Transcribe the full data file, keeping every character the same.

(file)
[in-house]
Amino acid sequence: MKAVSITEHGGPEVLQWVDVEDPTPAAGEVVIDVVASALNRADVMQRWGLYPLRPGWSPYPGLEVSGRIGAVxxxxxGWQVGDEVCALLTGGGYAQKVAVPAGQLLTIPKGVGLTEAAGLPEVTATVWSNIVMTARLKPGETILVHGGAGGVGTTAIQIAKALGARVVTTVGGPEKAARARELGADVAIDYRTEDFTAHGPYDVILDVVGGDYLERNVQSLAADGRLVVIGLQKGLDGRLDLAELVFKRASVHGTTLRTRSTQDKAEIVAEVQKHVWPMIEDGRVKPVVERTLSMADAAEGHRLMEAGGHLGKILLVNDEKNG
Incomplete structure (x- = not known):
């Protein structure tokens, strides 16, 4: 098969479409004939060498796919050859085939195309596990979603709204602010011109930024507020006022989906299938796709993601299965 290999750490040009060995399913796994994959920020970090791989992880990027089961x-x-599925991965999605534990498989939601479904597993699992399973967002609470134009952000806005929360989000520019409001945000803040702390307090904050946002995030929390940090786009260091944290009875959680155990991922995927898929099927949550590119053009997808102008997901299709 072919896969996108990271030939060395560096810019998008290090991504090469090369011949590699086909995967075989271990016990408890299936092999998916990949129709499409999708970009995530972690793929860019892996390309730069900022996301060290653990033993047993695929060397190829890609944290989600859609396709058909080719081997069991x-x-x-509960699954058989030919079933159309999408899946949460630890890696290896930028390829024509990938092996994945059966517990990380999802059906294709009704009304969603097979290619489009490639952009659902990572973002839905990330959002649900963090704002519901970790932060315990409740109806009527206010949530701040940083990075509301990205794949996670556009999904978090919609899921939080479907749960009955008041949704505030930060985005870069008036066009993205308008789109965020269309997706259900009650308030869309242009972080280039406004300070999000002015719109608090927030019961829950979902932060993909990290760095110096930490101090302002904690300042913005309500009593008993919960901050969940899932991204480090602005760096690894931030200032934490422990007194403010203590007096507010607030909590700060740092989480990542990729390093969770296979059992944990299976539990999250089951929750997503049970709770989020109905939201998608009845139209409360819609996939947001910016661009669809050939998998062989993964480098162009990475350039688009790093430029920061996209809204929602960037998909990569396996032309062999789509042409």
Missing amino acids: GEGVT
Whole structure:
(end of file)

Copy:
[in-house]
Amino acid sequence: MKAVSITEHGGPEVLQWVDVEDPTPAAGEVVIDVVASALNRADVMQRWGLYPLRPGWSPYPGLEVSGRIGAVxxxxxGWQVGDEVCALLTGGGYAQKVAVPAGQLLTIPKGVGLTEAAGLPEVTATVWSNIVMTARLKPGETILVHGGAGGVGTTAIQIAKALGARVVTTVGGPEKAARARELGADVAIDYRTEDFTAHGPYDVILDVVGGDYLERNVQSLAADGRLVVIGLQKGLDGRLDLAELVFKRASVHGTTLRTRSTQDKAEIVAEVQKHVWPMIEDGRVKPVVERTLSMADAAEGHRLMEAGGHLGKILLVNDEKNG
Incomplete structure (x- = not known):
């Protein structure tokens, strides 16, 4: 098969479409004939060498796919050859085939195309596990979603709204602010011109930024507020006022989906299938796709993601299965 290999750490040009060995399913796994994959920020970090791989992880990027089961x-x-599925991965999605534990498989939601479904597993699992399973967002609470134009952000806005929360989000520019409001945000803040702390307090904050946002995030929390940090786009260091944290009875959680155990991922995927898929099927949550590119053009997808102008997901299709 072919896969996108990271030939060395560096810019998008290090991504090469090369011949590699086909995967075989271990016990408890299936092999998916990949129709499409999708970009995530972690793929860019892996390309730069900022996301060290653990033993047993695929060397190829890609944290989600859609396709058909080719081997069991x-x-x-509960699954058989030919079933159309999408899946949460630890890696290896930028390829024509990938092996994945059966517990990380999802059906294709009704009304969603097979290619489009490639952009659902990572973002839905990330959002649900963090704002519901970790932060315990409740109806009527206010949530701040940083990075509301990205794949996670556009999904978090919609899921939080479907749960009955008041949704505030930060985005870069008036066009993205308008789109965020269309997706259900009650308030869309242009972080280039406004300070999000002015719109608090927030019961829950979902932060993909990290760095110096930490101090302002904690300042913005309500009593008993919960901050969940899932991204480090602005760096690894931030200032934490422990007194403010203590007096507010607030909590700060740092989480990542990729390093969770296979059992944990299976539990999250089951929750997503049970709770989020109905939201998608009845139209409360819609996939947001910016661009669809050939998998062989993964480098162009990475350039688009790093430029920061996209809204929602960037998909990569396996032309062999789509042409």
Missing amino acids: GEGVT
Whole structure: